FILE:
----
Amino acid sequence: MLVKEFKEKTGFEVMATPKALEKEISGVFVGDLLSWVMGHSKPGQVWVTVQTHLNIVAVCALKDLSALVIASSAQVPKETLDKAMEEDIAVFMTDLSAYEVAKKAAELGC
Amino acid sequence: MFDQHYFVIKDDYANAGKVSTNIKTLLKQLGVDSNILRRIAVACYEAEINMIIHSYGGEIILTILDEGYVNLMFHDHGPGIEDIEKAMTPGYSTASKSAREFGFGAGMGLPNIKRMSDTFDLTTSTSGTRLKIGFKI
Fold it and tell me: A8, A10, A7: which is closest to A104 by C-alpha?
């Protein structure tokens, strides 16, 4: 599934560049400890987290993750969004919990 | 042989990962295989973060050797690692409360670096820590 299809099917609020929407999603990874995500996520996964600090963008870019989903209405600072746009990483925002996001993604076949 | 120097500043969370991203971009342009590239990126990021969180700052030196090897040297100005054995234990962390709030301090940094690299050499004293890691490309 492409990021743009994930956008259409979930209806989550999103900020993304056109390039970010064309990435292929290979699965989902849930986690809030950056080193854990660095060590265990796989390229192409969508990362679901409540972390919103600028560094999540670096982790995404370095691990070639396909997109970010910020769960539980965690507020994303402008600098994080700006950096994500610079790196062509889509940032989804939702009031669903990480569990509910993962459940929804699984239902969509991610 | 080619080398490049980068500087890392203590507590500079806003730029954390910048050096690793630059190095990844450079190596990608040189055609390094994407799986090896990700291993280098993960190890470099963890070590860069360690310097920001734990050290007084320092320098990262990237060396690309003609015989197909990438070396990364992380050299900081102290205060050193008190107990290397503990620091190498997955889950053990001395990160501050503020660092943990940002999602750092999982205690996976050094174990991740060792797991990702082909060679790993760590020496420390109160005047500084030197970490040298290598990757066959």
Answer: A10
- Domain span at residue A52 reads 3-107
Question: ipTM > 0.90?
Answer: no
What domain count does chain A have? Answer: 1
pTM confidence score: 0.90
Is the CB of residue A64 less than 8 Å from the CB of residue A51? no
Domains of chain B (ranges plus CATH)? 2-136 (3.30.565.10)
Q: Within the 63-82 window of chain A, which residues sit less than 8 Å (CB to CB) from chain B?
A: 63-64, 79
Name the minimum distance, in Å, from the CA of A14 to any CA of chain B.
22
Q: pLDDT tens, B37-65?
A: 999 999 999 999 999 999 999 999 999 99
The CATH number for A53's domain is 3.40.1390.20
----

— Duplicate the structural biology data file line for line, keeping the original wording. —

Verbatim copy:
Amino acid sequence: MLVKEFKEKTGFEVMATPKALEKEISGVFVGDLLSWVMGHSKPGQVWVTVQTHLNIVAVCALKDLSALVIASSAQVPKETLDKAMEEDIAVFMTDLSAYEVAKKAAELGC
Amino acid sequence: MFDQHYFVIKDDYANAGKVSTNIKTLLKQLGVDSNILRRIAVACYEAEINMIIHSYGGEIILTILDEGYVNLMFHDHGPGIEDIEKAMTPGYSTASKSAREFGFGAGMGLPNIKRMSDTFDLTTSTSGTRLKIGFKI
Fold it and tell me: A8, A10, A7: which is closest to A104 by C-alpha?
């Protein structure tokens, strides 16, 4: 599934560049400890987290993750969004919990 | 042989990962295989973060050797690692409360670096820590 299809099917609020929407999603990874995500996520996964600090963008870019989903209405600072746009990483925002996001993604076949 | 120097500043969370991203971009342009590239990126990021969180700052030196090897040297100005054995234990962390709030301090940094690299050499004293890691490309 492409990021743009994930956008259409979930209806989550999103900020993304056109390039970010064309990435292929290979699965989902849930986690809030950056080193854990660095060590265990796989390229192409969508990362679901409540972390919103600028560094999540670096982790995404370095691990070639396909997109970010910020769960539980965690507020994303402008600098994080700006950096994500610079790196062509889509940032989804939702009031669903990480569990509910993962459940929804699984239902969509991610 | 080619080398490049980068500087890392203590507590500079806003730029954390910048050096690793630059190095990844450079190596990608040189055609390094994407799986090896990700291993280098993960190890470099963890070590860069360690310097920001734990050290007084320092320098990262990237060396690309003609015989197909990438070396990364992380050299900081102290205060050193008190107990290397503990620091190498997955889950053990001395990160501050503020660092943990940002999602750092999982205690996976050094174990991740060792797991990702082909060679790993760590020496420390109160005047500084030197970490040298290598990757066959």
Answer: A10
- Domain span at residue A52 reads 3-107
Question: ipTM > 0.90?
Answer: no
What domain count does chain A have? Answer: 1
pTM confidence score: 0.90
Is the CB of residue A64 less than 8 Å from the CB of residue A51? no
Domains of chain B (ranges plus CATH)? 2-136 (3.30.565.10)
Q: Within the 63-82 window of chain A, which residues sit less than 8 Å (CB to CB) from chain B?
A: 63-64, 79
Name the minimum distance, in Å, from the CA of A14 to any CA of chain B.
22
Q: pLDDT tens, B37-65?
A: 999 999 999 999 999 999 999 999 999 99
The CATH number for A53's domain is 3.40.1390.20